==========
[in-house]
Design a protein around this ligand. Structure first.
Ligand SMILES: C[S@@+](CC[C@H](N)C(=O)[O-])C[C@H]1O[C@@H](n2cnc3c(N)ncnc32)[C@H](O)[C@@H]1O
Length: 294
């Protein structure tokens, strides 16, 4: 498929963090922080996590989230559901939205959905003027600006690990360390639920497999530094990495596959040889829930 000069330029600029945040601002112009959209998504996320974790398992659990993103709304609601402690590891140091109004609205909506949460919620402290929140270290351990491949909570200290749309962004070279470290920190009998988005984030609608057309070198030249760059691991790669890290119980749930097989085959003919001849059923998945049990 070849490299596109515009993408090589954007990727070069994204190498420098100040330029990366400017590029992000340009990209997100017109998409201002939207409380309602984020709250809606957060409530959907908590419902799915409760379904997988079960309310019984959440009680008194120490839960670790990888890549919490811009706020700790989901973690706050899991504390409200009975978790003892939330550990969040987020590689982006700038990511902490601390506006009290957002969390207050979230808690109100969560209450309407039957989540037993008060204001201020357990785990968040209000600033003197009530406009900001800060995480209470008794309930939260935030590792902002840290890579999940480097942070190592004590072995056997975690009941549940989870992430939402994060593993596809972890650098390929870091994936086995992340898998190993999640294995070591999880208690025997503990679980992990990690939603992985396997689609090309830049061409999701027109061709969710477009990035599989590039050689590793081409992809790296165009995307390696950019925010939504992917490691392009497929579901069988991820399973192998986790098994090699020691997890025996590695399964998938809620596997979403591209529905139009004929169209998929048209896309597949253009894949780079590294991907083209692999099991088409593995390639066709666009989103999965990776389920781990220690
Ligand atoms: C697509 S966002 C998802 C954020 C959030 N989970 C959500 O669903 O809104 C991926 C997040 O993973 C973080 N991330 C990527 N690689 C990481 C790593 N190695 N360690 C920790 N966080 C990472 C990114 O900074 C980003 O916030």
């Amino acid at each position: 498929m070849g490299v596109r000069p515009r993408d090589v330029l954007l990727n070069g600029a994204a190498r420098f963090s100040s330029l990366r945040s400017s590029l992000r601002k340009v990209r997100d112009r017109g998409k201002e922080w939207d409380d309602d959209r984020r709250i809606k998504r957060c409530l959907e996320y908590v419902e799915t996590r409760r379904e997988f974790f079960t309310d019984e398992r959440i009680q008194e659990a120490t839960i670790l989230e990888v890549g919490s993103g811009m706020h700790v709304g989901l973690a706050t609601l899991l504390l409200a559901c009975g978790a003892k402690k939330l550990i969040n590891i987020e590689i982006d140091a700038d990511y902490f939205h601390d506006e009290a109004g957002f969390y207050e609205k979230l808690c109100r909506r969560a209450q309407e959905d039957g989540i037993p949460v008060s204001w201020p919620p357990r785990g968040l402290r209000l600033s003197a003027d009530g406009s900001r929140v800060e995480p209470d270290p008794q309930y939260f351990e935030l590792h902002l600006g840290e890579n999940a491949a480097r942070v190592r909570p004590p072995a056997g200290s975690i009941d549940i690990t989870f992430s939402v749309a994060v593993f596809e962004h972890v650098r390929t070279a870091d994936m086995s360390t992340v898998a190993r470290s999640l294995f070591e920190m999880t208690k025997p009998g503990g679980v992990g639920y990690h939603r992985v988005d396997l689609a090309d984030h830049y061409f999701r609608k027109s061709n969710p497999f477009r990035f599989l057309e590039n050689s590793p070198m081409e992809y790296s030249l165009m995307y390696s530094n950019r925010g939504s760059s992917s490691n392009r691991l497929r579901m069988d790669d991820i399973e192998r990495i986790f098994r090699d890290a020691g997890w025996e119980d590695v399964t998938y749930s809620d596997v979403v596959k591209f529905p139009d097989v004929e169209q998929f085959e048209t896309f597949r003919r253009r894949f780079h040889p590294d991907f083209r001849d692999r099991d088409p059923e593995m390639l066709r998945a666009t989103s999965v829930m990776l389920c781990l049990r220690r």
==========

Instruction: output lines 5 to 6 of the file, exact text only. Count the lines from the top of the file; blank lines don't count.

């Protein structure tokens, strides 16, 4: 498929963090922080996590989230559901939205959905003027600006690990360390639920497999530094990495596959040889829930 000069330029600029945040601002112009959209998504996320974790398992659990993103709304609601402690590891140091109004609205909506949460919620402290929140270290351990491949909570200290749309962004070279470290920190009998988005984030609608057309070198030249760059691991790669890290119980749930097989085959003919001849059923998945049990 070849490299596109515009993408090589954007990727070069994204190498420098100040330029990366400017590029992000340009990209997100017109998409201002939207409380309602984020709250809606957060409530959907908590419902799915409760379904997988079960309310019984959440009680008194120490839960670790990888890549919490811009706020700790989901973690706050899991504390409200009975978790003892939330550990969040987020590689982006700038990511902490601390506006009290957002969390207050979230808690109100969560209450309407039957989540037993008060204001201020357990785990968040209000600033003197009530406009900001800060995480209470008794309930939260935030590792902002840290890579999940480097942070190592004590072995056997975690009941549940989870992430939402994060593993596809972890650098390929870091994936086995992340898998190993999640294995070591999880208690025997503990679980992990990690939603992985396997689609090309830049061409999701027109061709969710477009990035599989590039050689590793081409992809790296165009995307390696950019925010939504992917490691392009497929579901069988991820399973192998986790098994090699020691997890025996590695399964998938809620596997979403591209529905139009004929169209998929048209896309597949253009894949780079590294991907083209692999099991088409593995390639066709666009989103999965990776389920781990220690
Ligand atoms: C697509 S966002 C998802 C954020 C959030 N989970 C959500 O669903 O809104 C991926 C997040 O993973 C973080 N991330 C990527 N690689 C990481 C790593 N190695 N360690 C920790 N966080 C990472 C990114 O900074 C980003 O916030």